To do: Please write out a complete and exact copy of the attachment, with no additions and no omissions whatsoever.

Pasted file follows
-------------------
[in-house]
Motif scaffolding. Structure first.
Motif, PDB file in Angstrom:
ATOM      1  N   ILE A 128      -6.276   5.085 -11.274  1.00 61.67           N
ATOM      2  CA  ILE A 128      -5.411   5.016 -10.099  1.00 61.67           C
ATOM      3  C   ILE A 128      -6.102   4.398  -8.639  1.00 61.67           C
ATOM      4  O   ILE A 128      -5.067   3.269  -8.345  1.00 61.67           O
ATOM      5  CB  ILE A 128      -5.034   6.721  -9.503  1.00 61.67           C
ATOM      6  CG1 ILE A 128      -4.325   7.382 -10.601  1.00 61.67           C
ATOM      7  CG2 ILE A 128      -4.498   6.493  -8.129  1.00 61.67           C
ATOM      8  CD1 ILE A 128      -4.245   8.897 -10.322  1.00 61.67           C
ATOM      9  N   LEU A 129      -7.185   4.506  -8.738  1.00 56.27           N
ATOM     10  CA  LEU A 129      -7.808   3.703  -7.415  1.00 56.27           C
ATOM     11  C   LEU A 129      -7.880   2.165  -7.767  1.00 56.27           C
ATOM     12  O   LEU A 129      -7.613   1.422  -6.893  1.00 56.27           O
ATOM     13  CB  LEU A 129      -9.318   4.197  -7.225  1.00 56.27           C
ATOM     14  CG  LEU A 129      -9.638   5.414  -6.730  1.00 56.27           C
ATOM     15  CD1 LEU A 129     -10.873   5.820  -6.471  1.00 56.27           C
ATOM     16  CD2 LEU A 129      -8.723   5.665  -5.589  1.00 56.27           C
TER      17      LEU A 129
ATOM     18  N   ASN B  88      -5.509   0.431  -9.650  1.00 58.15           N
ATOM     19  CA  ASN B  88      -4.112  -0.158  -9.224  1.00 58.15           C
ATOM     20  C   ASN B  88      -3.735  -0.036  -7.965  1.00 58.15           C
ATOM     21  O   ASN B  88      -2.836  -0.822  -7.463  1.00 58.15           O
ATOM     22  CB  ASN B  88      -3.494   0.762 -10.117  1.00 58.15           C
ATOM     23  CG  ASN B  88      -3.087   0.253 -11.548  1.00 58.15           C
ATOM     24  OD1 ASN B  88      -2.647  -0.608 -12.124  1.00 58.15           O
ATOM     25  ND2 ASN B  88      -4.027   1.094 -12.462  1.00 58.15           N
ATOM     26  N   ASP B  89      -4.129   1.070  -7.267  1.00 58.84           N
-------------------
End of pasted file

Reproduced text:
[in-house]
Motif scaffolding. Structure first.
Motif, PDB file in Angstrom:
ATOM      1  N   ILE A 128      -6.276   5.085 -11.274  1.00 61.67           N
ATOM      2  CA  ILE A 128      -5.411   5.016 -10.099  1.00 61.67           C
ATOM      3  C   ILE A 128      -6.102   4.398  -8.639  1.00 61.67           C
ATOM      4  O   ILE A 128      -5.067   3.269  -8.345  1.00 61.67           O
ATOM      5  CB  ILE A 128      -5.034   6.721  -9.503  1.00 61.67           C
ATOM      6  CG1 ILE A 128      -4.325   7.382 -10.601  1.00 61.67           C
ATOM      7  CG2 ILE A 128      -4.498   6.493  -8.129  1.00 61.67           C
ATOM      8  CD1 ILE A 128      -4.245   8.897 -10.322  1.00 61.67           C
ATOM      9  N   LEU A 129      -7.185   4.506  -8.738  1.00 56.27           N
ATOM     10  CA  LEU A 129      -7.808   3.703  -7.415  1.00 56.27           C
ATOM     11  C   LEU A 129      -7.880   2.165  -7.767  1.00 56.27           C
ATOM     12  O   LEU A 129      -7.613   1.422  -6.893  1.00 56.27           O
ATOM     13  CB  LEU A 129      -9.318   4.197  -7.225  1.00 56.27           C
ATOM     14  CG  LEU A 129      -9.638   5.414  -6.730  1.00 56.27           C
ATOM     15  CD1 LEU A 129     -10.873   5.820  -6.471  1.00 56.27           C
ATOM     16  CD2 LEU A 129      -8.723   5.665  -5.589  1.00 56.27           C
TER      17      LEU A 129
ATOM     18  N   ASN B  88      -5.509   0.431  -9.650  1.00 58.15           N
ATOM     19  CA  ASN B  88      -4.112  -0.158  -9.224  1.00 58.15           C
ATOM     20  C   ASN B  88      -3.735  -0.036  -7.965  1.00 58.15           C
ATOM     21  O   ASN B  88      -2.836  -0.822  -7.463  1.00 58.15           O
ATOM     22  CB  ASN B  88      -3.494   0.762 -10.117  1.00 58.15           C
ATOM     23  CG  ASN B  88      -3.087   0.253 -11.548  1.00 58.15           C
ATOM     24  OD1 ASN B  88      -2.647  -0.608 -12.124  1.00 58.15           O
ATOM     25  ND2 ASN B  88      -4.027   1.094 -12.462  1.00 58.15           N
ATOM     26  N   ASP B  89      -4.129   1.070  -7.267  1.00 58.84           N